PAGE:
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Effect of canal width contraction on the hydraulic parameters and scour downstream water structures

Abstract

The dimensions of many water streams, which satisfy proper hydraulic conditions, may not be compatible with the designed dimensions of an irrigation work that needs to be constructed in some locations. The design requirements of such irrigation works may involve a contraction in the channel width in the required location. This contraction, of course, affects different flow properties and the scour hole formed downstream of these structures. Therefore, the present experimental study aims to investigate the effect of the transition angle and the contraction on the flow properties and on the scour phenomenon downstream water structures. Through 460 experimental runs, carried out on 20 experimental models, the study proved that, for an efficient hydraulic performance and economic design, the best transition angle (θ) for the approaches of water structures is 30° with a relative contracted width ratio (r = b/B) not less than 0.6.

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Modeling Some Drying Characteristics of Cantaloupe Slices

and Food Science, 19, 127-135. Behbahani M., 2005 - Genetic diversity among Iranian melons ( Cucumis melo L.) via SSR markers. MS Thesis, Boualisina University, Hamedan, Iran. Chayjan R. A., Parian J. A., Esna-Ashari M., 2011a - Modeling of moisture diffusivity, activation energy and specific energy consumption of high moisture corn in a fixed and fluidized bed convective dryer. Spanish Journal of Agricultural Research, 9(1), 28-40. Chayjan R. A., Peyman M. H., Esna- Ashari M., Salari K

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Electrooxidation of phenol on carbon fibre-based anodes through continuous electrolysis of synthetic wastewater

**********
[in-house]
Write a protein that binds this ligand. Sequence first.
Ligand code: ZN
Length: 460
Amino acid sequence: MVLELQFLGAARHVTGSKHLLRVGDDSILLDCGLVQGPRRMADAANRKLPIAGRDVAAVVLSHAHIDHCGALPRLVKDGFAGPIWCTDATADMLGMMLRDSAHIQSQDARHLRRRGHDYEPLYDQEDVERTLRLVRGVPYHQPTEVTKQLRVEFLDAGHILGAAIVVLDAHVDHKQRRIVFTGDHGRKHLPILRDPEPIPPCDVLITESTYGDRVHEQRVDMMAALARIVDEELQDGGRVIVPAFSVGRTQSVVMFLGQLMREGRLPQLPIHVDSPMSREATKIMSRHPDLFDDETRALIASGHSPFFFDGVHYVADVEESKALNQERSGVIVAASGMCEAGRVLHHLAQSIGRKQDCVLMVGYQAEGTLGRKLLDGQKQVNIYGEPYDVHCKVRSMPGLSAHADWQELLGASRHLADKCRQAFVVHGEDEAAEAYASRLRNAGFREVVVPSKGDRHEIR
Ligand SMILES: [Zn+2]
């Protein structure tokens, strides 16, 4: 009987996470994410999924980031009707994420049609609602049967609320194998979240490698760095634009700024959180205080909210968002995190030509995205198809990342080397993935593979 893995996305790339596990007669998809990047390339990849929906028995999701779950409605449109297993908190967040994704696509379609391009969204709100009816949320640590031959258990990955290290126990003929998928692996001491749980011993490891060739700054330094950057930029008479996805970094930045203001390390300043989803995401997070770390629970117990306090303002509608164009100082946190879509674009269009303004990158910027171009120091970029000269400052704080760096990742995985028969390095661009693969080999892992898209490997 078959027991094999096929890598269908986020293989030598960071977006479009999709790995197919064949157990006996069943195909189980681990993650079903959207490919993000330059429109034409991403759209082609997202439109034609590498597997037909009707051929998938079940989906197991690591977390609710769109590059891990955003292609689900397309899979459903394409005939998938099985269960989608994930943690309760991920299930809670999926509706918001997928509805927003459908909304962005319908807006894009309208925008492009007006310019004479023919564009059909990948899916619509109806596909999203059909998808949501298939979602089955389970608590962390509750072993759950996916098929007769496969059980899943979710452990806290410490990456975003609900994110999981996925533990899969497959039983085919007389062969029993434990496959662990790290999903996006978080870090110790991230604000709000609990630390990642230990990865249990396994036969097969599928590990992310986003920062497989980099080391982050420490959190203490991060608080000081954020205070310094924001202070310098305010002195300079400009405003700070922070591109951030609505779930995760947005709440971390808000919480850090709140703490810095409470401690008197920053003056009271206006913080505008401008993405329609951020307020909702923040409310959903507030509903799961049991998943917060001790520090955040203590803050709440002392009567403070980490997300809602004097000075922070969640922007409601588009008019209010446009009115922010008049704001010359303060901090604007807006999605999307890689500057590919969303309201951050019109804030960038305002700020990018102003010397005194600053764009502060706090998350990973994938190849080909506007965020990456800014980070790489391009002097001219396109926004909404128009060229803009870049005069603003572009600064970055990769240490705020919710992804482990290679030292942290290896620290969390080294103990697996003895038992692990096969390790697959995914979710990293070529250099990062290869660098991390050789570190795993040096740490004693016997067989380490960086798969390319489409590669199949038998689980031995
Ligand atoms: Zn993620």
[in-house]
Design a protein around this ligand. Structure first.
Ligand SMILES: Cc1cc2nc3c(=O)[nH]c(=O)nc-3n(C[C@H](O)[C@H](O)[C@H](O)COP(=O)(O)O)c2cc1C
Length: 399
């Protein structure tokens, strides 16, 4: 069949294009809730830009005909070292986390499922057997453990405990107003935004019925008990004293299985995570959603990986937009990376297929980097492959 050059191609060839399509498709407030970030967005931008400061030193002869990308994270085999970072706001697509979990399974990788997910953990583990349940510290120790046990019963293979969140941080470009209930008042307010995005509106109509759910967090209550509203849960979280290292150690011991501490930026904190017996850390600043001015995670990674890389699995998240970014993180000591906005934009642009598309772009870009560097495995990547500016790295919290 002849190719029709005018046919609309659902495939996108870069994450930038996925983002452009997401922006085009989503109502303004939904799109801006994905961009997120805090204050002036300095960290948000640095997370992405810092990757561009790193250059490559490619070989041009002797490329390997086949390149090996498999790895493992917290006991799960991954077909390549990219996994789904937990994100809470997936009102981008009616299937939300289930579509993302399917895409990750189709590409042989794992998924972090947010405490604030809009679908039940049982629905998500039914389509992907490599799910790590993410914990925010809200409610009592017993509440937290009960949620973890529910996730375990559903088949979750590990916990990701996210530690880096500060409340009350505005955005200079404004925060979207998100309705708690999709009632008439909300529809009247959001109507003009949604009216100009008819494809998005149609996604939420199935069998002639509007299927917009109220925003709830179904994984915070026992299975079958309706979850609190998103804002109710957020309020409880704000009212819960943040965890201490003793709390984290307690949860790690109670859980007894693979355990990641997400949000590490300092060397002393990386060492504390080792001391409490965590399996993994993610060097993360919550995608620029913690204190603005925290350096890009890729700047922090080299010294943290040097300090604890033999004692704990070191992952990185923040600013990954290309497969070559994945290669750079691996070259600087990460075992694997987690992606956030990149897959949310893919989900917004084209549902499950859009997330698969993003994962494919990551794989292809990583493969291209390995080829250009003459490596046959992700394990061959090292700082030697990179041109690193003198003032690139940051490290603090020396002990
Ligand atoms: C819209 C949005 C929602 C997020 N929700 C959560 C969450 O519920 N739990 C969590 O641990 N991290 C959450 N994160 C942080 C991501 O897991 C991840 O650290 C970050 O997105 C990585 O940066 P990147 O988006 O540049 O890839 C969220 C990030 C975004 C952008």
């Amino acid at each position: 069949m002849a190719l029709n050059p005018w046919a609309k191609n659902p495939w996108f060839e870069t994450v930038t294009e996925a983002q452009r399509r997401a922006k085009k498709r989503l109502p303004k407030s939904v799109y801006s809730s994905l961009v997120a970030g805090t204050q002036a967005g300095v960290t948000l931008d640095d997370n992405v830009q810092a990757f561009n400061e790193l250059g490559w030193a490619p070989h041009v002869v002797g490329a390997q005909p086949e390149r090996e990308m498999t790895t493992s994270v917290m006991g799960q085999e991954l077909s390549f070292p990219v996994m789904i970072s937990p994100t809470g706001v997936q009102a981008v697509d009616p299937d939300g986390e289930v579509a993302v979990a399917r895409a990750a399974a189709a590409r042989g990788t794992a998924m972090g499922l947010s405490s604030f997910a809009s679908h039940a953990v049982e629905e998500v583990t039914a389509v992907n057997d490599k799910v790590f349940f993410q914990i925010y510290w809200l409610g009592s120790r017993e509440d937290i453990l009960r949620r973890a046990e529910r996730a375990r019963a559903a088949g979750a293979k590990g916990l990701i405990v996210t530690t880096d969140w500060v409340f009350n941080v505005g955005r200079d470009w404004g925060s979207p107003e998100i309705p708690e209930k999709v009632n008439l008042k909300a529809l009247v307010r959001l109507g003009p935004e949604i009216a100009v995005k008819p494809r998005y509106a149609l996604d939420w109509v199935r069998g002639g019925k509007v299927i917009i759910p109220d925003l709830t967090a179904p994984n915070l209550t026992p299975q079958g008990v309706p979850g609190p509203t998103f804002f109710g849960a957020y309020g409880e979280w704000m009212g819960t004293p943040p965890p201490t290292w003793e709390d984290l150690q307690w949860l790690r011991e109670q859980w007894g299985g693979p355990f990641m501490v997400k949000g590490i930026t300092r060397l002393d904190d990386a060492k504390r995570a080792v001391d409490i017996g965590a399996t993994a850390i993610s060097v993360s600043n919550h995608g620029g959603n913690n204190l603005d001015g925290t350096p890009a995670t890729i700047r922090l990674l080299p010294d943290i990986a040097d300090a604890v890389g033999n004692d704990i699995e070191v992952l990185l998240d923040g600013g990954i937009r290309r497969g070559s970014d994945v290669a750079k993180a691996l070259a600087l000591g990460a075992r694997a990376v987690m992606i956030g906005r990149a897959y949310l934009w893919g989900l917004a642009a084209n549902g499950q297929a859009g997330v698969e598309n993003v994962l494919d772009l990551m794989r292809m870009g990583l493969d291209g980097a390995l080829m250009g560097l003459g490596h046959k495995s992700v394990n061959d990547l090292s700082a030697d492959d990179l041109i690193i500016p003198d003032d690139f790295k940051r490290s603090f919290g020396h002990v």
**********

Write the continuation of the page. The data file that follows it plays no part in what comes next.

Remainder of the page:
phenol using graphite anodes. Sep. Sci. Technol . 34(4), 699–708. 15. Mu’azu, N.D., Al-Yahya, M., Al-Haj-Ali, A.M. & Abdel- Magid, I.M. (2016). Specific energy consumption reduction during pulsed electrochemical oxidation of phenol using graphite electrodes. J. Environ. Chem. Eng . 4, 2477–2486. DOI: 10.1016/j.jece.2016.04.026. 16. Hussain, S.N., Roberts, E.P.L., Asghar, H.M.A., Campen, A.K. & Brown, N.W. (2013). Oxidation of phenol and the adsorption of breakdown products using a graphite adsorbent with electrochemical regeneration. Electrochim. Acta

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On the Cutting Performance of Coated HSS Taps When Machining of Austenitic Steel

Abstract

The paper deals with a quality of the PVD coated HSS taps when cutting the stainless austenitic chromiumnickel non-stabilized steel DIN 1.4301 (X5CrNi 18-10). The main attention is focused on the analysis of loading (cutting moment, specific energy) of the HSS taps by means of pieso-electrical dynamometer Kistler 9272 and the relation between the quality of duplex and triplex PVD coatings and their effects on the quality of machined thread surfaces and tool life of the taps. The results showed a safe and stabilized cutting with acceptable quality of threads for HSSE with the TiN+TiCN+DLC coating.